The following comes from a Dec. 21 story on

Senate Republicans have blocked floor votes on President Obama’s three nominees for the federal court in San Francisco, an unusual action that will require Obama to resubmit the nominations and restart the confirmation process in January.

The candidates are Vince Chhabria, a deputy San Francisco city attorney; Beth Freeman, a San Mateo County judge; and James Donato, a San Francisco attorney. Obama nominated them to become judges in a federal district that U.S. court officials consider to be in a state of emergency, with three vacancies among its 14 authorized judgeships.

The action Friday before the holiday recess stemmed from Republicans’ anger at Senate Democrats‘ vote Nov. 21 to eliminate filibusters for confirmation of a president’s executive-branch appointees and judicial nominees, except for Supreme Court candidates.

A filibuster blocks debate on a nomination unless supporters can muster 60 votes in the 100-seat Senate, giving the minority party veto power if it votes as a bloc. Democrats moved to change the rule after Republicans repeatedly filibustered Obama’s nominees to the powerful U.S. Court of Appeals in Washington, D.C.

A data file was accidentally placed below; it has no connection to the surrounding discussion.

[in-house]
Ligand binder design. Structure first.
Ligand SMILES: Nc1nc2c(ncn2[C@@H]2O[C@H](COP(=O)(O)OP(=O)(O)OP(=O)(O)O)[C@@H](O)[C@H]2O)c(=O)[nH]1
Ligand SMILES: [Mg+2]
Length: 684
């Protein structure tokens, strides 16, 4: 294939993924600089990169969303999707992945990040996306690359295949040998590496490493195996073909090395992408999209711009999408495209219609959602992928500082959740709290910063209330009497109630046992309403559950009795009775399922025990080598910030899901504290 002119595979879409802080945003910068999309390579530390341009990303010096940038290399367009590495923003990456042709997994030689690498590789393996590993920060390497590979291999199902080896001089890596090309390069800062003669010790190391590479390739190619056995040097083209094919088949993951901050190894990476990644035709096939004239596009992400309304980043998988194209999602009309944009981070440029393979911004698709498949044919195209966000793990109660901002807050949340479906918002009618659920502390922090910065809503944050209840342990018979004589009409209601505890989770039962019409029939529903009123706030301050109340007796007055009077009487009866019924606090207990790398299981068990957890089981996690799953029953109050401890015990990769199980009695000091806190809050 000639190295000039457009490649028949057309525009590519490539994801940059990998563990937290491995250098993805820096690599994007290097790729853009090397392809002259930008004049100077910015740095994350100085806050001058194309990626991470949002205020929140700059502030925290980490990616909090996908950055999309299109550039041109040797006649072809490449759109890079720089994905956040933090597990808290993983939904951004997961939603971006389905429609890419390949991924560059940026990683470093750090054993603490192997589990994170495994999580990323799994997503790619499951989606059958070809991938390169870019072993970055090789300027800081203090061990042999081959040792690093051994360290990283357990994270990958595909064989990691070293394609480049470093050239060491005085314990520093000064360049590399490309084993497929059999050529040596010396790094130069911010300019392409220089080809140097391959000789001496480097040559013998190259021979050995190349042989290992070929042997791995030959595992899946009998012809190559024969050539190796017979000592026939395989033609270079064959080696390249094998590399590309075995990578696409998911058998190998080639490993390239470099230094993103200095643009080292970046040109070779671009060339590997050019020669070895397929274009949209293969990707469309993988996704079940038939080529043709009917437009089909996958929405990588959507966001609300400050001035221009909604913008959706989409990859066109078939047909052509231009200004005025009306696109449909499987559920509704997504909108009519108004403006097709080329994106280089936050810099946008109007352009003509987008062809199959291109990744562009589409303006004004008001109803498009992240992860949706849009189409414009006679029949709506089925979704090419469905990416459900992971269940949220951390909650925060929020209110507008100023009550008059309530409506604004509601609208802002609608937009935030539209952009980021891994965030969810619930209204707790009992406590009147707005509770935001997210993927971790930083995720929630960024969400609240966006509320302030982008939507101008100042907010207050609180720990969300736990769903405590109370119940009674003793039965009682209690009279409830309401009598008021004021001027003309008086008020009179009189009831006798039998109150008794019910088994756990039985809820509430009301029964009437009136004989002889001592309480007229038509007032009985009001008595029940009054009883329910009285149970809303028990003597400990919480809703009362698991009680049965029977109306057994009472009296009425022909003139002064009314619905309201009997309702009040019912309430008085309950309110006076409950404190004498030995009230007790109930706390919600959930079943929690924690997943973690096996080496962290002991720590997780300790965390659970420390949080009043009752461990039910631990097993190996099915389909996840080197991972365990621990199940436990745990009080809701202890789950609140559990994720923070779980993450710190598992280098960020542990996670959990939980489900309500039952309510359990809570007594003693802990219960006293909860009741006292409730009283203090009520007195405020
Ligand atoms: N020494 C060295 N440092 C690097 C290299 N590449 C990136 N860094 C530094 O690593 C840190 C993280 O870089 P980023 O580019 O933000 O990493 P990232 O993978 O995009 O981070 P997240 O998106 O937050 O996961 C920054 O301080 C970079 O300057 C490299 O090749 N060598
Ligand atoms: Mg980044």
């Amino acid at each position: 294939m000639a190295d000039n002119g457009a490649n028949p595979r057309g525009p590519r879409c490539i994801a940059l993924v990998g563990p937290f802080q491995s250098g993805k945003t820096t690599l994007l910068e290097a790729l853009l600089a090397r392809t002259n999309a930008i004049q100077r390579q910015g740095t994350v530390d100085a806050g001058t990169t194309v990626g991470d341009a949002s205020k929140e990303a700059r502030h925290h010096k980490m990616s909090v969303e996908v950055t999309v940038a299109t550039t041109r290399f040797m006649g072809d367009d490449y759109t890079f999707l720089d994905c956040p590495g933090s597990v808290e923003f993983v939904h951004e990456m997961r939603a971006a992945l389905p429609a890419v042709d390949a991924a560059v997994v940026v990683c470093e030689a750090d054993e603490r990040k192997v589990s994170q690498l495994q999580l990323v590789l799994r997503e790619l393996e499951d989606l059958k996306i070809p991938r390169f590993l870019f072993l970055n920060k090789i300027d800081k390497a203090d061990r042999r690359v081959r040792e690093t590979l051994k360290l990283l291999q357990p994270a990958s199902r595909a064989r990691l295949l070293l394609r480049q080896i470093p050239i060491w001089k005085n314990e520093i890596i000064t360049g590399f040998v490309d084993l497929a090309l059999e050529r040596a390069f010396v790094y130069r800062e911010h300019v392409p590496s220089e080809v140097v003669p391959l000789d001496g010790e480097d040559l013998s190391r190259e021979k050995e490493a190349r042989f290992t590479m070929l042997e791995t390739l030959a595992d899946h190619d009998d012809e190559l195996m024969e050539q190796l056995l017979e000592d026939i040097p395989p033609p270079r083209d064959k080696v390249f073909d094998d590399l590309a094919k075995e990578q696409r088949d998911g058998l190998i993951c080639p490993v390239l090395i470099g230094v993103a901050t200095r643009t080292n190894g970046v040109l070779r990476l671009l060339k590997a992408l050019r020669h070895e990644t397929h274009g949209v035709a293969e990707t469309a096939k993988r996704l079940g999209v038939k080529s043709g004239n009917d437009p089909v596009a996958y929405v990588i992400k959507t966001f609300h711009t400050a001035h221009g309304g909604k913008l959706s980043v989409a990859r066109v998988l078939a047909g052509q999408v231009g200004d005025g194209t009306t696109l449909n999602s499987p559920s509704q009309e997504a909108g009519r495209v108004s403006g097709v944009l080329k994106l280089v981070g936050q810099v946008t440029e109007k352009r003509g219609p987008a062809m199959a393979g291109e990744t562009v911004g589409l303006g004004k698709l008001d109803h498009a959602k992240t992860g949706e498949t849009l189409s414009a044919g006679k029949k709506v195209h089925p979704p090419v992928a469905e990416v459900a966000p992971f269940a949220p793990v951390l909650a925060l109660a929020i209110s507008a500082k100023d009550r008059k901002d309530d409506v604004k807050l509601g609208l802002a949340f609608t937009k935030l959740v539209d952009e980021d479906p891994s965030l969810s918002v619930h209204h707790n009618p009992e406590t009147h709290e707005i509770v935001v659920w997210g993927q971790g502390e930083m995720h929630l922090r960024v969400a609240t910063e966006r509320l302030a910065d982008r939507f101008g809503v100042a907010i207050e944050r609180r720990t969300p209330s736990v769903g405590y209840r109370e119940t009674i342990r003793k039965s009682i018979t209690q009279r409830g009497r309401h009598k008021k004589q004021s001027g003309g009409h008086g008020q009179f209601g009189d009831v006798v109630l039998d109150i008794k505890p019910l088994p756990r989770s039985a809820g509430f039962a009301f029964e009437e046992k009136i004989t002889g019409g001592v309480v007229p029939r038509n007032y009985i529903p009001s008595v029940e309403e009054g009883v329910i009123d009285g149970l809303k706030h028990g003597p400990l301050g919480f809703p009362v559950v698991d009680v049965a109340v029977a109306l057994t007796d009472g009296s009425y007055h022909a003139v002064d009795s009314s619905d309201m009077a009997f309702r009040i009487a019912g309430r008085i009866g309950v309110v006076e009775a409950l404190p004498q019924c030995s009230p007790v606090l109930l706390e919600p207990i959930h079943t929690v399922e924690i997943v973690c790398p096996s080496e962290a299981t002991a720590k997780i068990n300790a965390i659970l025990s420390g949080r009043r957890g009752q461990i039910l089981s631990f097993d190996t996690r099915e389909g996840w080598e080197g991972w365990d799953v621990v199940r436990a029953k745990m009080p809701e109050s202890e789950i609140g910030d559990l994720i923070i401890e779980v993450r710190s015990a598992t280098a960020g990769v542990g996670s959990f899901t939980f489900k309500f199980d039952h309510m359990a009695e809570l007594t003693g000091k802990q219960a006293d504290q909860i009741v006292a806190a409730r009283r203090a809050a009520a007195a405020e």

The three Bay Area nominees to the U.S. District Court for the Northern District of California were among nine candidates who had won Senate Judiciary Committee approval. The Senate usually holds year-end confirmation votes on such nominations, but Republicans objected this year. They also balked at the traditional bipartisan practice of holding the nominations over for floor votes in January.

Chhabria was the only San Francisco nominee to draw Republican opposition in the Judiciary Committee, which voted 13-5 last month to approve his nomination.

He has worked for City Attorney Dennis Herrera‘s office since 2005 and supervises the city’s cases in appeals courts.

Chhabria successfully defended San Francisco’s law that requires most employers to provide health insurance for their employees or pay a fee to the city to treat them at hospitals and clinics. Republican opponents cited his work in another case, in which Catholic organizations accused San Francisco supervisors of hostility to religion in a 2006 resolution criticizing the Vatican for prohibiting Catholic Charities from placing adoptive children with same-sex couples.

Freeman and Donato both won committee approval on voice votes. Freeman was a longtime lawyer for San Mateo County when Gov. Gray Davis appointed her to the Superior Court in 2001. Donato is an antitrust and class-action lawyer with a business firm and was president of the Bar Association of San Francisco in 2008.

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